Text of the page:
MADISON, Wis. — Wisconsin’s Urban Search and Rescue Task Force (WI-TF1) is traveling to Florida to assist in response and recovery efforts as a result of Hurricane Irma. WI-TF1 will begin a 10-day deployment in the Jacksonville, Florida area later today but may move to other areas as needed. The team is bringing specialized equipment and supplies for search, rescue — including swift water rescue — communications, medical, and logistics support.
VOLK FIELD, Wis. - The Wisconsin National Guard and the Wisconsin Department of Military Affairs Division of Emergency Management (WEM) coordinated and conducted the Miles Paratus Special Focus Event at both Volk Field and Fort McCoy, Wisconsin, June 5-9, aiming to fulfill part of its unique dual mission as the first military responder when disaster strikes here at home.
MADISON, Wis. — Gov. Scott Walker joined Maj. Gen. Don Dunbar, Wisconsin’s adjutant general, State Superintendent of Public Instruction Tony Evers, and Hartland Police Chief Robert Rosch to stress the continued importance of the “If You See Something, Say Something”™ campaign in Wisconsin.
To give families a chance to test their emergency plans, a statewide tornado drill will be held the evening of April 14. The drill is part of the annual spring severe weather campaign to encourage people in Wisconsin to get ready for possible tornadoes and severe weather.
Registration is underway for the 49th Annual Wisconsin Governor's Conference on Emergency Management & Homeland Security. The conference will be held at the Radisson Paper Valley Hotel in Appleton March 9-10, 2016. In addition, pre-training classes will be held March 8.
Eleven thousand students across Wisconsin will be better prepared for an emergency, thanks to the STEP program. STEP, or Student Tools for Emergency Planning, is a turnkey classroom curriculum for teachers to prepare 5th graders for various emergencies and disasters, including tornadoes, flooding and storms. The program also shows students how to put together an emergency kit and develop an emergency plan.
A cyber attack on the energy sector could be devastating and would be felt at homes, schools, businesses and government as our reliance on technology continues to grow. That’s why the time is now for the private sector and government to come together to prepare and respond to these threats.
MILWAUKEE - Power outages. Crashed government service websites. Pilfered personal information from corporate or government databases. A world increasingly interconnected through the Internet also provides numerous opportunities for individuals or groups to visit malice or mischief upon people, businesses, utilities and government agencies. The focus of Wisconsin's third annual Cybersecurity Summit was defending the state's operational infrastructure, such as power grids, information databases, communication networks and utilities. But an underlying theme was expanding knowledge of the adversary, of one's own weaknesses, and the difference between an attack and a routine system scan. Gov. Scott Walker opened the summit by noting that cybersecurity has only become more important over the past two years.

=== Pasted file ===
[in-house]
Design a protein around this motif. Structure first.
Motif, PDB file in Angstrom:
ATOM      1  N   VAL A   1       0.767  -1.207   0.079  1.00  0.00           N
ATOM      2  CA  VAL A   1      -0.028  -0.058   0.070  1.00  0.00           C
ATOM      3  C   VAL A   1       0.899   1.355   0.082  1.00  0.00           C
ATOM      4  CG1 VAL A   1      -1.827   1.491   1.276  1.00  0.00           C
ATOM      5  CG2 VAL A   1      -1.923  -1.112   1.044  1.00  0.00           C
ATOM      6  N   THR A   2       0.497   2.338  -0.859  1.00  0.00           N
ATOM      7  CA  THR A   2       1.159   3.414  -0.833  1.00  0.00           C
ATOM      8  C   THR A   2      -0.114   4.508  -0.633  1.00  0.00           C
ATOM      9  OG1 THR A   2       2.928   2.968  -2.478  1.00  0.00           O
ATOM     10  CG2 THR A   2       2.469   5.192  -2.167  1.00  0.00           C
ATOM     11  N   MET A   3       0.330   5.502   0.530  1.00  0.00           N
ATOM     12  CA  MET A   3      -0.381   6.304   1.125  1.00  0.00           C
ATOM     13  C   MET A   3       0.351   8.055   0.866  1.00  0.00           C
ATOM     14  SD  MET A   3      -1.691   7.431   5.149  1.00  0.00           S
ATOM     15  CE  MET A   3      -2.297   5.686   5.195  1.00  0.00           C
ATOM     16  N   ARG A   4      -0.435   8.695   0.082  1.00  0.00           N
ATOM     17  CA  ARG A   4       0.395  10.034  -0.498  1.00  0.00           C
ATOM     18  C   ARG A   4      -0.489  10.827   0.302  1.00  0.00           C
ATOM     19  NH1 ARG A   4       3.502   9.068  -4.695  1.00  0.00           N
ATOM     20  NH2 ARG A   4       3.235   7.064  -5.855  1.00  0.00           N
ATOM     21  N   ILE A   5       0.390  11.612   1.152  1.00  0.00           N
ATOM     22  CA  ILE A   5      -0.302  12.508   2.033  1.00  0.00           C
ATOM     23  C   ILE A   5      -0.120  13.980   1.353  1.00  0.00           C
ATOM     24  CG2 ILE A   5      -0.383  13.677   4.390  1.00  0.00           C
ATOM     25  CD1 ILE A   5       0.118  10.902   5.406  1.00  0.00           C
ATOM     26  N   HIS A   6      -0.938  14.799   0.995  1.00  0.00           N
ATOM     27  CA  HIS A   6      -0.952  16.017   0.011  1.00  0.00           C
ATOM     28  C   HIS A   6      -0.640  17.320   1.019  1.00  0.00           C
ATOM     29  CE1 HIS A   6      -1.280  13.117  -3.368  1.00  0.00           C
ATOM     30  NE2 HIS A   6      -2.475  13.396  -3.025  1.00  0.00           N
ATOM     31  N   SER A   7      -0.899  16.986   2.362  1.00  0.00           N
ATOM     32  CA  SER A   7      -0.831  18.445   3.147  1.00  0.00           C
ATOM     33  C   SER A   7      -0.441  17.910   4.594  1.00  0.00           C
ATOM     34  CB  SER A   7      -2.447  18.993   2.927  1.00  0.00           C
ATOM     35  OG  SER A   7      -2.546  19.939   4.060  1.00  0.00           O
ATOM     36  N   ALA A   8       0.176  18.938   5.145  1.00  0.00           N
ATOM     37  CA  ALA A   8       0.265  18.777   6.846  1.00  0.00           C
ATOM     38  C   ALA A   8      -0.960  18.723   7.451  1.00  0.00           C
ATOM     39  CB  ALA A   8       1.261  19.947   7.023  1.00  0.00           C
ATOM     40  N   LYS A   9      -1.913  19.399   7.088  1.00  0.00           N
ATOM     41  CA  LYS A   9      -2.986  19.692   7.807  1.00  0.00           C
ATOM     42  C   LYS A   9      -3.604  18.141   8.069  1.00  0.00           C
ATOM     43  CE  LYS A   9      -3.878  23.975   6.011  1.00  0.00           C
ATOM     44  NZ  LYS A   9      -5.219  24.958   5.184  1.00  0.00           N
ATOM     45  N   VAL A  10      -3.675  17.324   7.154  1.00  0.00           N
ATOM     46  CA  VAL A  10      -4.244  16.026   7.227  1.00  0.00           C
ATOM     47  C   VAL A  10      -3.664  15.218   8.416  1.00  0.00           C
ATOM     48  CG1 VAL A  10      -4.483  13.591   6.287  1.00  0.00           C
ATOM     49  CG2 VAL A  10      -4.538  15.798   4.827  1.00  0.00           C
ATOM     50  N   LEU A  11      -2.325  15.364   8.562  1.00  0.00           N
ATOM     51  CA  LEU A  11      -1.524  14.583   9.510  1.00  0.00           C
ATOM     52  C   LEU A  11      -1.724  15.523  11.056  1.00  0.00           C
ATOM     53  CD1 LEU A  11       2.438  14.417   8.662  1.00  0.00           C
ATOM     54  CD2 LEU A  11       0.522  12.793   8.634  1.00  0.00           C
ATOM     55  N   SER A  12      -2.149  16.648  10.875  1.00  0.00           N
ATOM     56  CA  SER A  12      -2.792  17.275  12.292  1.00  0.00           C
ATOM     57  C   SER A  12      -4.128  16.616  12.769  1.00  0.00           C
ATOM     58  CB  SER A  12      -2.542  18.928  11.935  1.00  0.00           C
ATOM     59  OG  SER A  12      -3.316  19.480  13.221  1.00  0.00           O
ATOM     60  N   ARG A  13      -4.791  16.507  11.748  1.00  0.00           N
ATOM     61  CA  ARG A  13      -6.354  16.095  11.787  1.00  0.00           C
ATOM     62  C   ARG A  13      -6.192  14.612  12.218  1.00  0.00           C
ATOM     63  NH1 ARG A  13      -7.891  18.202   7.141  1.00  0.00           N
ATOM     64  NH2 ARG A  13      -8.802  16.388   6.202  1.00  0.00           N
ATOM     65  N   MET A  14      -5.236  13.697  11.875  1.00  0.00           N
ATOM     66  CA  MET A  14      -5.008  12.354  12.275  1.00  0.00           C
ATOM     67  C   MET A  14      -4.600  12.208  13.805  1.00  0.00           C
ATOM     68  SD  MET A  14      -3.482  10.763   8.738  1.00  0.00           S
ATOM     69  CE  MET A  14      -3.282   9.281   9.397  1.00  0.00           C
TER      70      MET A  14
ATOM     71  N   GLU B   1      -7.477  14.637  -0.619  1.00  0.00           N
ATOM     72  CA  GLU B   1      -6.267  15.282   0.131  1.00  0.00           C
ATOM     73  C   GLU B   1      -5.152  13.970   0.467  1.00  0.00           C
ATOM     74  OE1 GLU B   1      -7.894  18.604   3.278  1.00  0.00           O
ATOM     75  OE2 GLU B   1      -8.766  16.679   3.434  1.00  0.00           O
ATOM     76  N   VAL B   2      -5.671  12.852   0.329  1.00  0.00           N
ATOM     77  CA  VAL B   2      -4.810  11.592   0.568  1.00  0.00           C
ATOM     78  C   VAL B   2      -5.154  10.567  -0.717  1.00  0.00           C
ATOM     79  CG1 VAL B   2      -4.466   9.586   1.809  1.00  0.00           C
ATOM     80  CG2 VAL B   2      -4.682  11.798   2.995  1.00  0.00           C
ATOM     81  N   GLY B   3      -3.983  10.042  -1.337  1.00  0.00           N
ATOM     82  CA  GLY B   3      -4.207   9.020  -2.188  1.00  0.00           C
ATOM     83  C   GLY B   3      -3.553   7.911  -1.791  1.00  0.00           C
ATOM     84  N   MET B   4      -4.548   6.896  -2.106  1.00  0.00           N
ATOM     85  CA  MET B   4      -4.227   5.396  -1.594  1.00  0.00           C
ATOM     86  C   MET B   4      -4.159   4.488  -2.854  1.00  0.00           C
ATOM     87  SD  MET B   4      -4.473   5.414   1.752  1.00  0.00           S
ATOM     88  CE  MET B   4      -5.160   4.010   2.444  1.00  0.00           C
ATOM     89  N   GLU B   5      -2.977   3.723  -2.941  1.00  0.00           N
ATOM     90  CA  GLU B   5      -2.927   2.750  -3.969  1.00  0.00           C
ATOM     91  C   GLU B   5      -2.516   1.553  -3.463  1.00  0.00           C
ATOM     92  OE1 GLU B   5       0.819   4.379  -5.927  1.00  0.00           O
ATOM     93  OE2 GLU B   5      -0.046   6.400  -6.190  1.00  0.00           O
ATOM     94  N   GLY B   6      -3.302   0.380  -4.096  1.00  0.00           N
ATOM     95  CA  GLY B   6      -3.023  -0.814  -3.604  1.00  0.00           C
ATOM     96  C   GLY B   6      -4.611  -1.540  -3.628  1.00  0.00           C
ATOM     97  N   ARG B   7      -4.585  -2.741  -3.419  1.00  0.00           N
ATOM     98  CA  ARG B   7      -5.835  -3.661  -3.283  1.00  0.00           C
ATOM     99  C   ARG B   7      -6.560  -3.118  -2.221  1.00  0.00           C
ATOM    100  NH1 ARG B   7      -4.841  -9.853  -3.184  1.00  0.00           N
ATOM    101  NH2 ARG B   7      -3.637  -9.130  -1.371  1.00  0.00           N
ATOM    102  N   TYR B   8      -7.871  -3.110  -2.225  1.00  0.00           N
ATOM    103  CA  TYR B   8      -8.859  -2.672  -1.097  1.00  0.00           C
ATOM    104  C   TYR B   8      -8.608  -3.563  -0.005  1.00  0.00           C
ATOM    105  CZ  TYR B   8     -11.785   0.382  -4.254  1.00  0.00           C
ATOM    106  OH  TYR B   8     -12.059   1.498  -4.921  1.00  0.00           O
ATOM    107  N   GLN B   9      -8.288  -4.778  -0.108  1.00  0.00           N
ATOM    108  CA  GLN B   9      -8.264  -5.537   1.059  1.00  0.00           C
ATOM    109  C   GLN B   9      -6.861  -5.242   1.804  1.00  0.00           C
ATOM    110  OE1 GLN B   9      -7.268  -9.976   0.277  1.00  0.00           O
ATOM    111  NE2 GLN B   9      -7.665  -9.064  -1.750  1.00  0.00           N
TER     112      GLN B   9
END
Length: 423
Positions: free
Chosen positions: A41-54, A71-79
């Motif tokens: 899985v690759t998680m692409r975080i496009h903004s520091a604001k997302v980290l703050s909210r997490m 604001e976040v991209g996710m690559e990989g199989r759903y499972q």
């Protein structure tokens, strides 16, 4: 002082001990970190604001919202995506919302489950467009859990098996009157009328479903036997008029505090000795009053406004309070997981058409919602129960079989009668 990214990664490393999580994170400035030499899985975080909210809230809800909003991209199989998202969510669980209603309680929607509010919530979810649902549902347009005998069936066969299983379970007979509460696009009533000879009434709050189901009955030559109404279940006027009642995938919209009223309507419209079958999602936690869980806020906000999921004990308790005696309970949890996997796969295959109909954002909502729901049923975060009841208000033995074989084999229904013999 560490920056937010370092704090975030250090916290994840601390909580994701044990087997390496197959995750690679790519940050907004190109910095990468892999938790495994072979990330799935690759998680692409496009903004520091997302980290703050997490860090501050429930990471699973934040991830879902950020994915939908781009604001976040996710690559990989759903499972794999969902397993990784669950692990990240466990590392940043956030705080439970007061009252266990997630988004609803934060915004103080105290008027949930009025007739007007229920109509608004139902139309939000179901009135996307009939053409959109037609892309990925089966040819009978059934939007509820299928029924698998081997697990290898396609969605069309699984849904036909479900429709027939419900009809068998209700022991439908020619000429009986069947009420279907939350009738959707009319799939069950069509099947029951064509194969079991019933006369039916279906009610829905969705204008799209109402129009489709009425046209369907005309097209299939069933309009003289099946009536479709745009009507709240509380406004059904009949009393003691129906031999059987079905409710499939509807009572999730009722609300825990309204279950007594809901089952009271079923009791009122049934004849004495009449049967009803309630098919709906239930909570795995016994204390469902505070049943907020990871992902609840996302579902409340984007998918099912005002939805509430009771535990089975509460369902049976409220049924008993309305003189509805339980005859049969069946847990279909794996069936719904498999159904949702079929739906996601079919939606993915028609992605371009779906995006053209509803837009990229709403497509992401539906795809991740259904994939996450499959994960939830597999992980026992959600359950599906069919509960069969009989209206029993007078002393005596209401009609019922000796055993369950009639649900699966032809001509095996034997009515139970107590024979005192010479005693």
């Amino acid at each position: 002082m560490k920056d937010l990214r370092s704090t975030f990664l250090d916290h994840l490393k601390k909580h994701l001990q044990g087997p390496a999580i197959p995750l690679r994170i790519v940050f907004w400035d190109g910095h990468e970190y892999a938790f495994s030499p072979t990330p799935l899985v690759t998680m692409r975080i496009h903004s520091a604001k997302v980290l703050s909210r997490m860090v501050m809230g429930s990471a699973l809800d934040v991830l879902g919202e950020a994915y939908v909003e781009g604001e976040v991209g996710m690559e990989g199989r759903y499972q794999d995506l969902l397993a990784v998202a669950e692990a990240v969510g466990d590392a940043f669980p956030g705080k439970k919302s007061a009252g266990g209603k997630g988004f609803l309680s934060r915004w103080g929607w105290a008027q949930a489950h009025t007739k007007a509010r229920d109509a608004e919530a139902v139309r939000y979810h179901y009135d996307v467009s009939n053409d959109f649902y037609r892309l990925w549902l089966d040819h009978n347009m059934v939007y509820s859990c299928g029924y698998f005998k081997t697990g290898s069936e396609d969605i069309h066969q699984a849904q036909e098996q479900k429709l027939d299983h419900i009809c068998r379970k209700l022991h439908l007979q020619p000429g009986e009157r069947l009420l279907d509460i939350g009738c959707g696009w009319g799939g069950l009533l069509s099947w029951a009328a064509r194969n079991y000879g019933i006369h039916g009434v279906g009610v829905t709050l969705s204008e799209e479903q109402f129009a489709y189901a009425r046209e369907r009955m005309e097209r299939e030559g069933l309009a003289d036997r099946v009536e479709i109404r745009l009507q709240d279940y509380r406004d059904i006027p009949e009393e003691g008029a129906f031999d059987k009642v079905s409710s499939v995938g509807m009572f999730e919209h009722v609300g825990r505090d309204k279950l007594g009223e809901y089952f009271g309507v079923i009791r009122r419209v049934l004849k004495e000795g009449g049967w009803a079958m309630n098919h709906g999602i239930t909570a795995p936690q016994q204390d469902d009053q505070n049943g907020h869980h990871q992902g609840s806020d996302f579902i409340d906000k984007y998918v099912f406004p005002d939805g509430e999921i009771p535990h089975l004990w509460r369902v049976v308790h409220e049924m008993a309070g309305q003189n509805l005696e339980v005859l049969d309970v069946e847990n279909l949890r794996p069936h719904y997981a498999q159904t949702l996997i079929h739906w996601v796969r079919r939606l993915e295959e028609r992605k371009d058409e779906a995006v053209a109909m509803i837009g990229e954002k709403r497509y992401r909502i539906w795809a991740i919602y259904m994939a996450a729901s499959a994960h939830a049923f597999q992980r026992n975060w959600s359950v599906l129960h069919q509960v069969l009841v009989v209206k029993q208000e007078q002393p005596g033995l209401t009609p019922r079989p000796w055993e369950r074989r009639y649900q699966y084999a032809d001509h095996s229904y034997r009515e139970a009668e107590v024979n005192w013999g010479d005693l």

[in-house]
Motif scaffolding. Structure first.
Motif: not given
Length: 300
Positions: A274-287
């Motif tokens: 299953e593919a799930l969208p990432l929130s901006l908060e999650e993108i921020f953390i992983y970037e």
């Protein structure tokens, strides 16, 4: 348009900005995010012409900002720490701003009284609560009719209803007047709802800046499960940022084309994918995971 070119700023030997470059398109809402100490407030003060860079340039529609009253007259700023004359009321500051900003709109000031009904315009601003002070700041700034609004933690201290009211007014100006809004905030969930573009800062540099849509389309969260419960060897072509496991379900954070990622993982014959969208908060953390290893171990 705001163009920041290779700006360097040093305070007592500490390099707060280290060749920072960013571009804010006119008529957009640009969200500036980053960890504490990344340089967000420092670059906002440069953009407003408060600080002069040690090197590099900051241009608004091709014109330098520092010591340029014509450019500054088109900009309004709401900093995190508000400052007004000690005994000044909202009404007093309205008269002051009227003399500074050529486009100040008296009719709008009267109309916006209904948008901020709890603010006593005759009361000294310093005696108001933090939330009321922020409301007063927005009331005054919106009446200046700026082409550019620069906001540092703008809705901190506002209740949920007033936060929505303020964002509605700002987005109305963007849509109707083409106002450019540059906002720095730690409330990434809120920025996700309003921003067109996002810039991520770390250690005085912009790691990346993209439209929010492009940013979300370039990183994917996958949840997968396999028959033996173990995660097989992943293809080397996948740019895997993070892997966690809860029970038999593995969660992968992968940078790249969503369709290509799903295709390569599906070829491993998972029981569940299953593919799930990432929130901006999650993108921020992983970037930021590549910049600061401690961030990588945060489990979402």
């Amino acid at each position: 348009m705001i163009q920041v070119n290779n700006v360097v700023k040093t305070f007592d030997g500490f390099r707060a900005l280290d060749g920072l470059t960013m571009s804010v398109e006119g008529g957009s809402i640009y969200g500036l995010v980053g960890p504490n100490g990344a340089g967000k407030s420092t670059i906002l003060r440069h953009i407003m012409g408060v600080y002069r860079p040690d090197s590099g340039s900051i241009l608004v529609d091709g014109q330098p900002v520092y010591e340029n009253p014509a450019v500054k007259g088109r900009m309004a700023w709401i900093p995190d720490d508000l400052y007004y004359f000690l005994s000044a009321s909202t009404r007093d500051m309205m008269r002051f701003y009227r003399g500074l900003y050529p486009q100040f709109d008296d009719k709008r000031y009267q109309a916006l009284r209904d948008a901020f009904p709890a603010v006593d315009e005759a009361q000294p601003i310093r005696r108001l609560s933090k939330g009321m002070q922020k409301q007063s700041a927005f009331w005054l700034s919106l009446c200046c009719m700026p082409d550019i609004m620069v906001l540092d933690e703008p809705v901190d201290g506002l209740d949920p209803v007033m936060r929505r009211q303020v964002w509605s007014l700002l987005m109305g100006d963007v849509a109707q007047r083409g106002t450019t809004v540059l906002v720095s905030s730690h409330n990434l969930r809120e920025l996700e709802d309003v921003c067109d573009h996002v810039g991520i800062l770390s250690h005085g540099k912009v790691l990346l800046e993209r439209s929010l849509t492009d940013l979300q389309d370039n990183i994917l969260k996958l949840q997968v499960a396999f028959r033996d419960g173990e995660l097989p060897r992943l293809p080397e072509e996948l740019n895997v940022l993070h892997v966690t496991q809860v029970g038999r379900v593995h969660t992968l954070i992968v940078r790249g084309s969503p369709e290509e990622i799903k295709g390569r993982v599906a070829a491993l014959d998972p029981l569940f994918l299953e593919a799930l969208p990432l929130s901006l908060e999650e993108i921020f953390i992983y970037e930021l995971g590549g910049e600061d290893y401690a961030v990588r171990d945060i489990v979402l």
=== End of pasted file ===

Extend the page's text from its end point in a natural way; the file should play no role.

How would utilities and state agencies respond to a massive blackout or grid failure to hit Wisconsin? That question was discussed at a national energy infrastructure security summit held July 20-22, 2015 in Washington, D.C. As part of the Electric Infrastructure Security (EIS) Summit VI held at the U.S. Capitol, some of Wisconsin's top utility, emergency management and homeland security officials were invited to discuss Wisconsin's plans to such events. Maj. Gen. Don Dunbar, Wisconsin adjutant general and Wisconsin's Homeland Security Advisor, chaired the panel on opportunities and challenges facing Wisconsin. Joining him were Wisconsin Emergency Management Administrator Brian Satula; Mike Huebsch, commissioner with the Wisconsin Public Service Commission; and David Wojtczak with American Transmission Company (ATC).
It wasn't quite the movie Wizard of Oz, but there was still a small dog, talk of tornadoes and a puff of smoke last Friday at Miller Park, as 11,000 students and teachers from southeastern Wisconsin attended Weather Day. Weather Day provides students an opportunity to learn about seasons, precipitation, climates and storms in a fun environment. Participants are divided into two teams, and questions were asked on the jumbo screen, along with videos and demonstrations on the field. The event was sponsored by the Milwaukee Brewers and WTMJ-TV, whose meteorologists were the hosts.